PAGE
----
And the flap on circle #4 is also pinned back. Notice that the bottom of the flame on circle #3 is pinned up to allow full access to the circle! The circle will be appliqued all the way around, the flame unpinned and appliqued next. See the plan? Too cool right?
At this point I can applique circle/flame #2, or I can do circle/flame #5, then finish with #2 and #4. We always applique the pieces farthest away from us first.
Because I had used batiks for all but the background, the look was a bit more stained glass than country. So I eliminated the applique on the corners and opted for a bit different finish.
For those of you who are designing things as you go, this is a fabulous technique, as you can keep adding things, as long as you remember to leave flaps for easy sewing access.
So that's what all the flap is about!
P.S. We had another inch or two of snow today. And while I was sitting in the parlor this afternoon, two deer came up to the window!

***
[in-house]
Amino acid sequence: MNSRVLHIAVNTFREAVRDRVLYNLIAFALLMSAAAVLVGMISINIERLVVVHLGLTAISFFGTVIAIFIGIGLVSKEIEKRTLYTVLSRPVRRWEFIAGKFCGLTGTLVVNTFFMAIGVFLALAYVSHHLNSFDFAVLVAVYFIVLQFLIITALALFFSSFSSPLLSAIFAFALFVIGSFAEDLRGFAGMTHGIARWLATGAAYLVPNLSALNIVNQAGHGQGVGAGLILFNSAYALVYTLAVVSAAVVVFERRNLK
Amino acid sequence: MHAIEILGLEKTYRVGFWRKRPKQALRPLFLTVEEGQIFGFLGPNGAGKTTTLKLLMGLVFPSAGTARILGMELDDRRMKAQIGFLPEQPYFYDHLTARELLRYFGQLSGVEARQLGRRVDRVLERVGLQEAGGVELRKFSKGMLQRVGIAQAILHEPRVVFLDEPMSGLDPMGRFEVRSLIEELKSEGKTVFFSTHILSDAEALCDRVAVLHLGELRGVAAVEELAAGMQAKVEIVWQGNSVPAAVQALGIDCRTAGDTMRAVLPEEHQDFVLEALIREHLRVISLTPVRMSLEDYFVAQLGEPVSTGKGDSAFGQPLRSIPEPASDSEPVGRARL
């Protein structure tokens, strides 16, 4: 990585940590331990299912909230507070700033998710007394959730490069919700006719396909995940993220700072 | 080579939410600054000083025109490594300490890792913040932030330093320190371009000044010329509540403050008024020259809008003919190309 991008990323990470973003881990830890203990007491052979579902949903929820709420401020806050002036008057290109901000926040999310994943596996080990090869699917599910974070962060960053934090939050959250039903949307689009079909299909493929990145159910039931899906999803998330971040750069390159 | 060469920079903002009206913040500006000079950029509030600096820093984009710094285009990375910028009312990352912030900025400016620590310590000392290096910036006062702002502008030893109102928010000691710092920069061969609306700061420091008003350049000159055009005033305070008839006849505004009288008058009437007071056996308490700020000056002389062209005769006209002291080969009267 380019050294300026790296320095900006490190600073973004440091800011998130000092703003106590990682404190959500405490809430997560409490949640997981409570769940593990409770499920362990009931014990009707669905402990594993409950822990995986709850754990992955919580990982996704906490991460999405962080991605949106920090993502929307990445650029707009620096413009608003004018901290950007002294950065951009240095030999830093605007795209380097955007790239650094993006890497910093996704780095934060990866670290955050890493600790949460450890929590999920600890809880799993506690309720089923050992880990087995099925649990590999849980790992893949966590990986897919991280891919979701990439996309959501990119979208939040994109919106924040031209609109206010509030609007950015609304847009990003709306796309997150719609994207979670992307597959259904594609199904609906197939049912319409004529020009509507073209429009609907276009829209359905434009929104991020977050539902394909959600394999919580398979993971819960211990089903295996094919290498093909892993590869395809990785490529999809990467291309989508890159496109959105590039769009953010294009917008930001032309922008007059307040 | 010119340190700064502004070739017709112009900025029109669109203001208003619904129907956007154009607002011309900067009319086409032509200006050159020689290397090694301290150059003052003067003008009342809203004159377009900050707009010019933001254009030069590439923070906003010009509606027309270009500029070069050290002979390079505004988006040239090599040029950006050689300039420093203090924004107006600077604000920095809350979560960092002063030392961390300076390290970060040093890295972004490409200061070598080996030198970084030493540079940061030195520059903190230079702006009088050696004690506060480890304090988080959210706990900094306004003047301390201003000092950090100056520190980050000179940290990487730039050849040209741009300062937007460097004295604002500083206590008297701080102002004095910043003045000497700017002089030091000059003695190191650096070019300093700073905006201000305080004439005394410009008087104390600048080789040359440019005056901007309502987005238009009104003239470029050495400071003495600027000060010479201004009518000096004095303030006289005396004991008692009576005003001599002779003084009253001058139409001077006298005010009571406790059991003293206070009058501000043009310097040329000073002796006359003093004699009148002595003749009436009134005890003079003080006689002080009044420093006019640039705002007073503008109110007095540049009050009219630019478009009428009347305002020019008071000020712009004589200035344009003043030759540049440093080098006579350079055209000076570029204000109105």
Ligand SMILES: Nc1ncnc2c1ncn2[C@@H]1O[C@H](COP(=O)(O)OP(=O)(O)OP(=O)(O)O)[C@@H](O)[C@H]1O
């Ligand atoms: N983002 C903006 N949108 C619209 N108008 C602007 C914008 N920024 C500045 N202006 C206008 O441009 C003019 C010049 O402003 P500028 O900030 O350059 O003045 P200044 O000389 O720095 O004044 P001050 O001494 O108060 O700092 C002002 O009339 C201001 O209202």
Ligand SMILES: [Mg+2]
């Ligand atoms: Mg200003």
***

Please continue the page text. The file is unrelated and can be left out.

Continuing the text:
Wednesday, March 25, 2015
Last Saturday, five women joined me for another skill-builder class at Patchwork Plus in Marcellus. We worked on the Handy Andy block, with lots of points and quarter- and half-square triangles. These points are so sharp you could cut yourself on them! From left to right: Susan M., Sharon N., Gale, Alice, Pat A. Great job, ladies! It was a great day!
The Thursday before that Judy D. brought in her completely finished Monthly Bliss 3 quilt. It is so beautiful. Blocks were hand pieced, and the top was set by machine. Truly lovely!